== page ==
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Key city regeneration site set for funding boost to unlock its full potential

Published: Tuesday, 11th May 2021

Stoke-on-Trent City Council is set to invest a further £3.25 million in a key city centre development site, demonstrating its commitment to bringing the area forward for redevelopment.

Subject to cabinet’s agreement next week, the budget for the City Centre Regeneration Area will be increased from £1.5 million to £4.75 million to ensure the site’s full potential can be unlocked and the economic benefits to the entire city are maximised through its redevelopment.

Since the city council stepped in and bought the eyesore East-West Precinct and former bus station site from the private sector in 2018 after failed attempts to develop the land, work has taken place to demolish its complex network of buildings and make the area ready for construction. The additional funding would pave the way for the demolition of the nearby Meigh Street car park and the adjoining Goodson building later this year, which have reached the end of their service life. The space created by their demolition would then be incorporated with the East-West precinct and former bus station, making the City Centre Regeneration Area one of the largest of its kind in the country and significantly increasing its attractiveness to developers and investors, while significantly enhancing the site’s development options.

Cllr Daniel Jellyman, cabinet member for infrastructure, regeneration and heritage, said: “This really is a once in a lifetime opportunity to create something bold and unique for Stoke-on-Trent that will benefit the city and generations of residents for decades to come. You won’t find many other city centres in the country that have this type of space available and ready for development, and that’s why the site’s potential is so exciting.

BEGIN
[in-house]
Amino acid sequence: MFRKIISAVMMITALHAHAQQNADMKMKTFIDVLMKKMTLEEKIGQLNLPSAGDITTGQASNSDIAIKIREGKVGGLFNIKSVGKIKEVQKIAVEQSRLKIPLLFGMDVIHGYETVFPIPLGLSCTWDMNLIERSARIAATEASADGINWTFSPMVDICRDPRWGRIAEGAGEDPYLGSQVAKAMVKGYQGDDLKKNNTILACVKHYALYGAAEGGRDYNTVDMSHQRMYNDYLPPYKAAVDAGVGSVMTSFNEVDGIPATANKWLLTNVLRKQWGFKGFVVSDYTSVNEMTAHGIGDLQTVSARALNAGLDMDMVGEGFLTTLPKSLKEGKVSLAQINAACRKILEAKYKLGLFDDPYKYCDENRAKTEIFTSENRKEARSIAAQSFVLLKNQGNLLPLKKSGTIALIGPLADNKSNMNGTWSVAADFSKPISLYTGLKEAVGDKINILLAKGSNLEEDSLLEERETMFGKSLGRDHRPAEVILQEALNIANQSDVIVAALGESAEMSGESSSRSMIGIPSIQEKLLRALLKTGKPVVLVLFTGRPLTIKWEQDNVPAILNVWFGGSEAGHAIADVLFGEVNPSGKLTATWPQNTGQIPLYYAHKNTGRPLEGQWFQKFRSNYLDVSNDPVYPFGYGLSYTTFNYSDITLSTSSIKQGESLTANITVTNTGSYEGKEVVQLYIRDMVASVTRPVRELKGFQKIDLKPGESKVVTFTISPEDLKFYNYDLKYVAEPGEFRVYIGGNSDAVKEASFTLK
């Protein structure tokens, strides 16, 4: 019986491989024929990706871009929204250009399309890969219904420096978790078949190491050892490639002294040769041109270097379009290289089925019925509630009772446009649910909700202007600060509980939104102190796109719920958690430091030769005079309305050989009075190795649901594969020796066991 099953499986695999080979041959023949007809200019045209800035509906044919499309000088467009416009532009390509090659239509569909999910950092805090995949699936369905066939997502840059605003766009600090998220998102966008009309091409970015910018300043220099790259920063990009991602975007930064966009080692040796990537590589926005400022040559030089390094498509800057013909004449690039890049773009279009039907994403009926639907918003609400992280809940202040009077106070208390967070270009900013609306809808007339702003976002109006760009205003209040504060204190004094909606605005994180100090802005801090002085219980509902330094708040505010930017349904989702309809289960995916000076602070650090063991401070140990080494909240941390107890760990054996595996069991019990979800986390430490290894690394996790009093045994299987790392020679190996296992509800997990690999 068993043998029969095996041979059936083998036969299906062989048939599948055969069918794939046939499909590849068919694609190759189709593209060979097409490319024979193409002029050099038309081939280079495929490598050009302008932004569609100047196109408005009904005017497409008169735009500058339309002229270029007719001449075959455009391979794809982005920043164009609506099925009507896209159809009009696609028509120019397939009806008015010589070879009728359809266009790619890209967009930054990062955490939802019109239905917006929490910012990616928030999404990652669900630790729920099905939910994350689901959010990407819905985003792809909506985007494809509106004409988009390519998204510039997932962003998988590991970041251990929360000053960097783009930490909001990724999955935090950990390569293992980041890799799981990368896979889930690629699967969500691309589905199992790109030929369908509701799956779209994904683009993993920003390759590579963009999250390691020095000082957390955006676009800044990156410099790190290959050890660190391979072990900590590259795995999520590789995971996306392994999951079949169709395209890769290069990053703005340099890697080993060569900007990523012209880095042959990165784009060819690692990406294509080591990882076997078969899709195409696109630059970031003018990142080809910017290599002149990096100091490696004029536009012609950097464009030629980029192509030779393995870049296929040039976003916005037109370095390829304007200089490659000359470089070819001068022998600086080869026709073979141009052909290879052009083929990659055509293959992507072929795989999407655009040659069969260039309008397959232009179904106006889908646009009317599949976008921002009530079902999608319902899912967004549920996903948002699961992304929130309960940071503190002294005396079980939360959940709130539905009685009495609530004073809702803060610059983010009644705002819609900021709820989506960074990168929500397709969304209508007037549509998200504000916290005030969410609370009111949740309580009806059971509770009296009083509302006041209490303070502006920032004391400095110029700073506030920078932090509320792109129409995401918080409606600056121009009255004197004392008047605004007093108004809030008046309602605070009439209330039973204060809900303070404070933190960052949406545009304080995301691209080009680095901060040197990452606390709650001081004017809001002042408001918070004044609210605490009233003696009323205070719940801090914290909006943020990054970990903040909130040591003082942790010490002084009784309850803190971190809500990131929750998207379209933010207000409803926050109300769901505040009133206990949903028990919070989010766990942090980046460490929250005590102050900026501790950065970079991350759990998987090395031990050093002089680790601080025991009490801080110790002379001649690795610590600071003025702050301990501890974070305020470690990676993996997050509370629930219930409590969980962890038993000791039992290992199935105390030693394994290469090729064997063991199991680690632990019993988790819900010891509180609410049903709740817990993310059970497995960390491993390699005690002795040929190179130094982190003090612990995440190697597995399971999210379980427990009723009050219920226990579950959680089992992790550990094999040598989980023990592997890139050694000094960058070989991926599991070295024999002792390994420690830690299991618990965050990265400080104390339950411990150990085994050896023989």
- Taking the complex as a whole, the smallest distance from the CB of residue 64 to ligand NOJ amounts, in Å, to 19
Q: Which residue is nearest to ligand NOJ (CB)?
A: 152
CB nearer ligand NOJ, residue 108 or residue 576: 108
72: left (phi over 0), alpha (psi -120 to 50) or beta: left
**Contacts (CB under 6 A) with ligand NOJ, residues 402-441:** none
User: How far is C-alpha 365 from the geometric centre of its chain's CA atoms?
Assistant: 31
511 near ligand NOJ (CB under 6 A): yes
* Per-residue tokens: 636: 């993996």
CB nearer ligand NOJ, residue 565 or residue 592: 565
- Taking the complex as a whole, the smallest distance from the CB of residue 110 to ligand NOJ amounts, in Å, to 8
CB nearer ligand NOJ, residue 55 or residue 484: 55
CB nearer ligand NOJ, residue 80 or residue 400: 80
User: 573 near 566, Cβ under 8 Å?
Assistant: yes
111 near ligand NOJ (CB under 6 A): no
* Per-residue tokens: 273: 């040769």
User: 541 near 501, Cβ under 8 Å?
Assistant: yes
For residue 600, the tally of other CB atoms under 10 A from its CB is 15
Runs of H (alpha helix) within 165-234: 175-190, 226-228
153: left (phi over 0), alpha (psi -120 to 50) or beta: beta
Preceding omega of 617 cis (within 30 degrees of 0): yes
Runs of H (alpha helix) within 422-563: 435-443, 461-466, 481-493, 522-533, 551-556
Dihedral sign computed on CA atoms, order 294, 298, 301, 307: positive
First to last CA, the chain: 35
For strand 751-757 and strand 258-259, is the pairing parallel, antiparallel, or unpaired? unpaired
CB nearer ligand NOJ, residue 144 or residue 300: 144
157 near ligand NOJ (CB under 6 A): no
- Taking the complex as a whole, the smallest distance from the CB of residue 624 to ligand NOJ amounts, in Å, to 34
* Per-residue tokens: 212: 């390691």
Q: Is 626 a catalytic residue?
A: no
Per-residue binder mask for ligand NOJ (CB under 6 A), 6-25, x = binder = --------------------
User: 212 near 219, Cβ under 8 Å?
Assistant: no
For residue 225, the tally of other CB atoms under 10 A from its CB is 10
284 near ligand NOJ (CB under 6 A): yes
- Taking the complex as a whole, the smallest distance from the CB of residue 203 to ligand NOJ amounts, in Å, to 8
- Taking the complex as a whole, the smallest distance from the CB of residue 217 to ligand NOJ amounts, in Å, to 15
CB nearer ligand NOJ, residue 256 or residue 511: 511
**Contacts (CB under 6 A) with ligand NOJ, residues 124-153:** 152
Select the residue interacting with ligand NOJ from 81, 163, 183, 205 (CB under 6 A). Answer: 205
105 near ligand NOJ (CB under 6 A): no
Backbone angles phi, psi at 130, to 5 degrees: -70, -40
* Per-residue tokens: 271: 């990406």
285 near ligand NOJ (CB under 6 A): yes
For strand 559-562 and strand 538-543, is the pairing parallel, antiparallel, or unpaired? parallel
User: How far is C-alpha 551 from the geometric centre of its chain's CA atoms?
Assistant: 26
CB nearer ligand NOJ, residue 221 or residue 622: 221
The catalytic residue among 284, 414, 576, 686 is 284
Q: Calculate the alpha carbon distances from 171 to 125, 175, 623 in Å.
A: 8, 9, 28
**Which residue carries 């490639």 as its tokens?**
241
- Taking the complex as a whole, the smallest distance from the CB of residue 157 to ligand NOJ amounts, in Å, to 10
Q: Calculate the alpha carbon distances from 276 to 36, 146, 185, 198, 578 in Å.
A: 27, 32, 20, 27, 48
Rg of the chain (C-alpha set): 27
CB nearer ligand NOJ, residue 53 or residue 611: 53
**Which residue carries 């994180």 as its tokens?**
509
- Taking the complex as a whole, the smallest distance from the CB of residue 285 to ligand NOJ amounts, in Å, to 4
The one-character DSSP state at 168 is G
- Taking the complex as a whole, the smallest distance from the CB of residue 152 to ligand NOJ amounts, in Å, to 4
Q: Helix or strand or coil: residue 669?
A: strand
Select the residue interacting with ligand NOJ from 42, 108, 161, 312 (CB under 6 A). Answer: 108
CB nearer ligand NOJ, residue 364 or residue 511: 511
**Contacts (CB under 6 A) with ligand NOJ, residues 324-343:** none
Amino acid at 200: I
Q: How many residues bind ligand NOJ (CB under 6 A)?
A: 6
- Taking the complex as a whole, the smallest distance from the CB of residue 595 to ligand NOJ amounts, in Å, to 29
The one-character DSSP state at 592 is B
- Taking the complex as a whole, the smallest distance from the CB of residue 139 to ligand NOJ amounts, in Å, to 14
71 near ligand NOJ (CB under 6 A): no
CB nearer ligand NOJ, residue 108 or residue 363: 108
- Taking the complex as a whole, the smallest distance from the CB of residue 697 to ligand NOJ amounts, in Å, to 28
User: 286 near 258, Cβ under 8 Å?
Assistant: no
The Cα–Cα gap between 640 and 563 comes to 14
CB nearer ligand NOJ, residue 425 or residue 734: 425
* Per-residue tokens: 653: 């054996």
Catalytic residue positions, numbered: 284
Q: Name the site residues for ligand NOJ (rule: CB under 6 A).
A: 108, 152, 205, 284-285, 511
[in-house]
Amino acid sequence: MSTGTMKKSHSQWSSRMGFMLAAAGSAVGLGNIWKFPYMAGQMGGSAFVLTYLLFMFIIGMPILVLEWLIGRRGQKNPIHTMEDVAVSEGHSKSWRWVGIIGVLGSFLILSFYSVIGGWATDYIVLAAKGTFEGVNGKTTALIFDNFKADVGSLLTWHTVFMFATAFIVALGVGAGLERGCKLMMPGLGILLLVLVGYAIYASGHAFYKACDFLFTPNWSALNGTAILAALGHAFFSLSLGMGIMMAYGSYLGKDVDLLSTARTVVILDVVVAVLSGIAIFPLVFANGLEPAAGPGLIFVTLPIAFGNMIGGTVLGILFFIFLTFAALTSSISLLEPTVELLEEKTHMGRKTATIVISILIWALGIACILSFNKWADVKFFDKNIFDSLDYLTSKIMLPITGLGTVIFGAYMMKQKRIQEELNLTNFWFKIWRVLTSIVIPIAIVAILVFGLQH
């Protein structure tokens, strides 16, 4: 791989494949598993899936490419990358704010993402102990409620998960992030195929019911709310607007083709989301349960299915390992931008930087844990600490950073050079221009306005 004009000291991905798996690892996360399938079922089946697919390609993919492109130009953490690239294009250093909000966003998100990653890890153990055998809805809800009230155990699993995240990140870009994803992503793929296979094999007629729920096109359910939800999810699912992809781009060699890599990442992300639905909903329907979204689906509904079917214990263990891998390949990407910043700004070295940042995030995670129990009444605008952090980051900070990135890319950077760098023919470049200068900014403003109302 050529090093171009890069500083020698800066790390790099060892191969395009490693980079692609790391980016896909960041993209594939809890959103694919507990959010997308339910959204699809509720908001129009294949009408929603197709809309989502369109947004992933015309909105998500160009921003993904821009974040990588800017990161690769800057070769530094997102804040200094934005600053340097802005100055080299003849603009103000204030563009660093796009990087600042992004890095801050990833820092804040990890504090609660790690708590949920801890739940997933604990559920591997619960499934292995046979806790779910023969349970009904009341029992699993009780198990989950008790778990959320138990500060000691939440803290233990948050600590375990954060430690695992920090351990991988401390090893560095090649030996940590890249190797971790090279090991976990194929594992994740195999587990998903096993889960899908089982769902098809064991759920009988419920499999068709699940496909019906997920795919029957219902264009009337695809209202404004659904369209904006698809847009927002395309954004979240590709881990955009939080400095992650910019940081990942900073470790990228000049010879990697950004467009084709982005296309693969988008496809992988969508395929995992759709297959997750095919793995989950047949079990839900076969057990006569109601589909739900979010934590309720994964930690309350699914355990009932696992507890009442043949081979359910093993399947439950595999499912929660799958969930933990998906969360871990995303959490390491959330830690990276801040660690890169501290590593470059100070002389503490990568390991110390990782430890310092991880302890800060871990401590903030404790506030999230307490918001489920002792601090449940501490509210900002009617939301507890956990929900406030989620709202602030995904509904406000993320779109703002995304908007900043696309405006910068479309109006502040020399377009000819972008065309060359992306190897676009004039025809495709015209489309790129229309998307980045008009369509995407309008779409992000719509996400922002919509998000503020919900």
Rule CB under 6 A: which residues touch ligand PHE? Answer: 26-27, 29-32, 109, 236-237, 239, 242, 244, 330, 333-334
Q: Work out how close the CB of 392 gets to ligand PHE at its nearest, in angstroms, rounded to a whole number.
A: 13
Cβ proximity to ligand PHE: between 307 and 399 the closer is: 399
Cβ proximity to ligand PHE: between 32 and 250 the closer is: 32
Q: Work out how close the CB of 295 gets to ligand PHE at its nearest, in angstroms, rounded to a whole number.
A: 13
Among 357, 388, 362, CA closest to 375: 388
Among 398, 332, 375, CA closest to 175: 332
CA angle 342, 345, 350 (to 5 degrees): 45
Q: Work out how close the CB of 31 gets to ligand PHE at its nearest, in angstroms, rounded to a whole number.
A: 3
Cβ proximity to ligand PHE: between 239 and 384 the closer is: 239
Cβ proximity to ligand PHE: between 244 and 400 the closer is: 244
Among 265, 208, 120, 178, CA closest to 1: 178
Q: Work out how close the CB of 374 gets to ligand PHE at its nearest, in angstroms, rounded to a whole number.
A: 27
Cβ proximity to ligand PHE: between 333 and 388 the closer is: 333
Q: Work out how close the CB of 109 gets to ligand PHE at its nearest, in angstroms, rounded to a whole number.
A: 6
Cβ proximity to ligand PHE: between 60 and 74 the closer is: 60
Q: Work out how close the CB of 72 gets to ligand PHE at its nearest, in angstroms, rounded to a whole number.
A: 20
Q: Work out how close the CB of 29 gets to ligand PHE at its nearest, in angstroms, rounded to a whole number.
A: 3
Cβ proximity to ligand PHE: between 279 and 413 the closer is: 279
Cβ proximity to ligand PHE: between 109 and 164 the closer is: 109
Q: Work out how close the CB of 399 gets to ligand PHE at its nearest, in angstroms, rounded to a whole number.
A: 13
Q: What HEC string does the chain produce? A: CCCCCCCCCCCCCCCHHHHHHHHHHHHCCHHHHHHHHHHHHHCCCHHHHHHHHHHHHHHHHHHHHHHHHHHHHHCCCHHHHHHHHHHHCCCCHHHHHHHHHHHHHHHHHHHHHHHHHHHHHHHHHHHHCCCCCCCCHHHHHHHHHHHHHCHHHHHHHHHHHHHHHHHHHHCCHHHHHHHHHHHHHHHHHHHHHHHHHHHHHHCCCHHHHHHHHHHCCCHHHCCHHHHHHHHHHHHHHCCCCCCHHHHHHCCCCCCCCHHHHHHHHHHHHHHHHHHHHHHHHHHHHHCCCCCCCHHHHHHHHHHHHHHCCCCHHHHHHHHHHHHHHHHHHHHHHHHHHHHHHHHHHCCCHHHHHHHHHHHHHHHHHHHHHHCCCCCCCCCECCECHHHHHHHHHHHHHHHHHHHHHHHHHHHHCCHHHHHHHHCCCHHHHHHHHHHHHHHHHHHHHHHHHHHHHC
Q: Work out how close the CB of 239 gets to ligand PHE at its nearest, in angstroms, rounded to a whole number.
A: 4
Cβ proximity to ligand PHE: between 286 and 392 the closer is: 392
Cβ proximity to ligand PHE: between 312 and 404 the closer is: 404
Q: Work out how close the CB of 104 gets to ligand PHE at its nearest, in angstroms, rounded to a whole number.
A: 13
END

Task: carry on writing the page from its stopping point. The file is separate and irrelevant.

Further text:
“This site is the single, largest regeneration opportunity in council ownership which we have power over, and we want to make sure that whatever we do on the site connects and benefits the whole city, and isn’t just about the city centre. This additional funding is absolutely vital to make sure the site’s full potential can be unlocked and make sure we get the best outcome for Stoke-on-Trent through its regeneration. It’s showing our commitment to bringing this site back to life as soon as possible because we don’t want it to be standing empty and doing nothing for the city for a single day longer than it needs to be. 

“It’s a key part of our Powering Up campaign as we build a strong and successful future for our city in the post-pandemic world. We have a responsibility for raising the ambition of our city and bringing forward investment opportunities that will make sure the city centre continues to improve, specifically as retail diversifies and different uses are needed in the future.”

The council has previously outlined its ambitious 10 to 15 year vision to include a transport hub in the redevelopment of the site, which would directly connect it by ultra-light rail trams to other parts of the city – improving inter-city connectivity and air quality. A planning application for the phased development of the site is expected to be submitted by the end of the year, with the first phase potentially starting in 2023.

A new 95-space car park has opened on part of the site this month, making it easier to visit shops and giving business a boost as lockdown eases. It also ensures some of the site is brought back into use while work continues in the background. The car park, on Charles Street, allows motorists to park for anything from up to 60 minutes to 24 hours and will help to absorb the loss when Meigh Street car park is demolished.

Cllr Jellyman added: “We’ve achieved a significant amount of progress despite the pandemic in a relatively short amount of time whilst we have owned the site, and I think that shows we are serious about redeveloping the area. It’s exciting to in effect be starting with a blank canvas due to the pro-active work we have done up to this point to acquire the East-West site from the private sector, flatten it and get it development ready after it had stood derelict for far too long.

“The car park is the latest step in gradually bringing the site back to life and increasing footfall in the area. It will also help address complaints we have received about a shortage of parking spaces in the city centre and provide an alternative to Meigh Street car park when that is demolished, so it makes perfect sense on both fronts.

“The demolition of Meigh Street car park and Goodson building, which are no longer fit-for-purpose, allows them to become part of a much bigger and more attractive development site for investors. This is a unique opportunity for the private sector to get involved in one of the city’s biggest regeneration projects in decades. The development would happen in stages and we’re looking at a range of options, from more homes following on from the success of the Clayworks apartments at Smithfield, food and beverage facilities, a multi-storey car park, conference and leisure facilities, a hotel, all these types of things.

“We will only get one shot to get the redevelopment of this site right for future generations and we will deliver the very best we can for Stoke-on-Trent.”